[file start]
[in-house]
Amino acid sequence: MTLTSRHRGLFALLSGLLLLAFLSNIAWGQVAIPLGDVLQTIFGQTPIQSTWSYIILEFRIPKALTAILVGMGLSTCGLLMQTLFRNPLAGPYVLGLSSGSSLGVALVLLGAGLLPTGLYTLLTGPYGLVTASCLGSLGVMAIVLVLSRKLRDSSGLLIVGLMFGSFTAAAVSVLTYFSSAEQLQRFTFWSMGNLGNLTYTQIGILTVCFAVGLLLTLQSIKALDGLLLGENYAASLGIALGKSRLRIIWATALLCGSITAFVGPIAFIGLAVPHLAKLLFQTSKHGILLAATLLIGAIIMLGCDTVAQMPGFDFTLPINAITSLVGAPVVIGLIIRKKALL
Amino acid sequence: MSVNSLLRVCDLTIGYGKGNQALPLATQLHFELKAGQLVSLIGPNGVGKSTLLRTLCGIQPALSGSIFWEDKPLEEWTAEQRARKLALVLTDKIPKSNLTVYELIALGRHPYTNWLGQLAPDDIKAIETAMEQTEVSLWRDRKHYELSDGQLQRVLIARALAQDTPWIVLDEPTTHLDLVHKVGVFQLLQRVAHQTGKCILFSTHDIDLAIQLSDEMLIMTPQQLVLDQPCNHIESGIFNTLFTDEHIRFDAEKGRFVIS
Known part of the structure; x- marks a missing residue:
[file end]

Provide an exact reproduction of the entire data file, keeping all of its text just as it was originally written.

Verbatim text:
[in-house]
Amino acid sequence: MTLTSRHRGLFALLSGLLLLAFLSNIAWGQVAIPLGDVLQTIFGQTPIQSTWSYIILEFRIPKALTAILVGMGLSTCGLLMQTLFRNPLAGPYVLGLSSGSSLGVALVLLGAGLLPTGLYTLLTGPYGLVTASCLGSLGVMAIVLVLSRKLRDSSGLLIVGLMFGSFTAAAVSVLTYFSSAEQLQRFTFWSMGNLGNLTYTQIGILTVCFAVGLLLTLQSIKALDGLLLGENYAASLGIALGKSRLRIIWATALLCGSITAFVGPIAFIGLAVPHLAKLLFQTSKHGILLAATLLIGAIIMLGCDTVAQMPGFDFTLPINAITSLVGAPVVIGLIIRKKALL
Amino acid sequence: MSVNSLLRVCDLTIGYGKGNQALPLATQLHFELKAGQLVSLIGPNGVGKSTLLRTLCGIQPALSGSIFWEDKPLEEWTAEQRARKLALVLTDKIPKSNLTVYELIALGRHPYTNWLGQLAPDDIKAIETAMEQTEVSLWRDRKHYELSDGQLQRVLIARALAQDTPWIVLDEPTTHLDLVHKVGVFQLLQRVAHQTGKCILFSTHDIDLAIQLSDEMLIMTPQQLVLDQPCNHIESGIFNTLFTDEHIRFDAEKGRFVIS
Known part of the structure; x- marks a missing residue: